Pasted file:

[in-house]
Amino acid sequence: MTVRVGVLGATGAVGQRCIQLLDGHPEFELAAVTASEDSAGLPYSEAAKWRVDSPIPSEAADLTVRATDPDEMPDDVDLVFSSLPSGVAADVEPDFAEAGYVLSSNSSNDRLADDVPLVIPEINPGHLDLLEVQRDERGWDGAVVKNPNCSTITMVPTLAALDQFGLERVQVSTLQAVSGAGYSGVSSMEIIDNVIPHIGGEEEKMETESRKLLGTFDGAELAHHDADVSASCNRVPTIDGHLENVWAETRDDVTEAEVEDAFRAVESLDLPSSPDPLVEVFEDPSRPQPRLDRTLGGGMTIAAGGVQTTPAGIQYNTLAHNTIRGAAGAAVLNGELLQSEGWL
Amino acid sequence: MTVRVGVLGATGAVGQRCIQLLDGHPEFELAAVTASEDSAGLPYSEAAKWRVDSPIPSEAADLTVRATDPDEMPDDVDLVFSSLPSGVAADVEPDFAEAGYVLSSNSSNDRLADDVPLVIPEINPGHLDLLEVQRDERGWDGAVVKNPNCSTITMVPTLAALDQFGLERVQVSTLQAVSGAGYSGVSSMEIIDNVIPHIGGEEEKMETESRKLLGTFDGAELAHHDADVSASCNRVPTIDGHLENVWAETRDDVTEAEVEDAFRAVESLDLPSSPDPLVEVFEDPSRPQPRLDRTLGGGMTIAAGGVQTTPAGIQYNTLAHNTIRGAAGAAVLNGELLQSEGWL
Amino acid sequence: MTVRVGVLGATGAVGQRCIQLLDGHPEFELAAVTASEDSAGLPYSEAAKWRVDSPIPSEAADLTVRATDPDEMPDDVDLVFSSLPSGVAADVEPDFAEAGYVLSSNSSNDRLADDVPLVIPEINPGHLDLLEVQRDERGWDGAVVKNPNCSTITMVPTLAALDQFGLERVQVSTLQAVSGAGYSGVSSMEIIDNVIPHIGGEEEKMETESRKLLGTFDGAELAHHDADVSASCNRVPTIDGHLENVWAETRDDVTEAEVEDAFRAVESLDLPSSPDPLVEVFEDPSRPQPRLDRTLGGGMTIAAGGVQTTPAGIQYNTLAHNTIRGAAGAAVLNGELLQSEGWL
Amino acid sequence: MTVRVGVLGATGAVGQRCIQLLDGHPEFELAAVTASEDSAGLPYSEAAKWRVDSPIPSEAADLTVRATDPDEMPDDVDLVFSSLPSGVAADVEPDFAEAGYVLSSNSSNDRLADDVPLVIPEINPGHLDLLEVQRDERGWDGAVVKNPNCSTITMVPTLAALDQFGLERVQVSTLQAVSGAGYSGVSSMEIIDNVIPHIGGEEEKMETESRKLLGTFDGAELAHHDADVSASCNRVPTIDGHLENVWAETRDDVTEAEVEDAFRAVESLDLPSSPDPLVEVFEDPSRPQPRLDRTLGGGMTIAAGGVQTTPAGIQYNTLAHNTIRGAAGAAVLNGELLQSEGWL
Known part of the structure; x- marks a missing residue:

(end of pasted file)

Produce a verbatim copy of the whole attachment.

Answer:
[in-house]
Amino acid sequence: MTVRVGVLGATGAVGQRCIQLLDGHPEFELAAVTASEDSAGLPYSEAAKWRVDSPIPSEAADLTVRATDPDEMPDDVDLVFSSLPSGVAADVEPDFAEAGYVLSSNSSNDRLADDVPLVIPEINPGHLDLLEVQRDERGWDGAVVKNPNCSTITMVPTLAALDQFGLERVQVSTLQAVSGAGYSGVSSMEIIDNVIPHIGGEEEKMETESRKLLGTFDGAELAHHDADVSASCNRVPTIDGHLENVWAETRDDVTEAEVEDAFRAVESLDLPSSPDPLVEVFEDPSRPQPRLDRTLGGGMTIAAGGVQTTPAGIQYNTLAHNTIRGAAGAAVLNGELLQSEGWL
Amino acid sequence: MTVRVGVLGATGAVGQRCIQLLDGHPEFELAAVTASEDSAGLPYSEAAKWRVDSPIPSEAADLTVRATDPDEMPDDVDLVFSSLPSGVAADVEPDFAEAGYVLSSNSSNDRLADDVPLVIPEINPGHLDLLEVQRDERGWDGAVVKNPNCSTITMVPTLAALDQFGLERVQVSTLQAVSGAGYSGVSSMEIIDNVIPHIGGEEEKMETESRKLLGTFDGAELAHHDADVSASCNRVPTIDGHLENVWAETRDDVTEAEVEDAFRAVESLDLPSSPDPLVEVFEDPSRPQPRLDRTLGGGMTIAAGGVQTTPAGIQYNTLAHNTIRGAAGAAVLNGELLQSEGWL
Amino acid sequence: MTVRVGVLGATGAVGQRCIQLLDGHPEFELAAVTASEDSAGLPYSEAAKWRVDSPIPSEAADLTVRATDPDEMPDDVDLVFSSLPSGVAADVEPDFAEAGYVLSSNSSNDRLADDVPLVIPEINPGHLDLLEVQRDERGWDGAVVKNPNCSTITMVPTLAALDQFGLERVQVSTLQAVSGAGYSGVSSMEIIDNVIPHIGGEEEKMETESRKLLGTFDGAELAHHDADVSASCNRVPTIDGHLENVWAETRDDVTEAEVEDAFRAVESLDLPSSPDPLVEVFEDPSRPQPRLDRTLGGGMTIAAGGVQTTPAGIQYNTLAHNTIRGAAGAAVLNGELLQSEGWL
Amino acid sequence: MTVRVGVLGATGAVGQRCIQLLDGHPEFELAAVTASEDSAGLPYSEAAKWRVDSPIPSEAADLTVRATDPDEMPDDVDLVFSSLPSGVAADVEPDFAEAGYVLSSNSSNDRLADDVPLVIPEINPGHLDLLEVQRDERGWDGAVVKNPNCSTITMVPTLAALDQFGLERVQVSTLQAVSGAGYSGVSSMEIIDNVIPHIGGEEEKMETESRKLLGTFDGAELAHHDADVSASCNRVPTIDGHLENVWAETRDDVTEAEVEDAFRAVESLDLPSSPDPLVEVFEDPSRPQPRLDRTLGGGMTIAAGGVQTTPAGIQYNTLAHNTIRGAAGAAVLNGELLQSEGWL
Known part of the structure; x- marks a missing residue: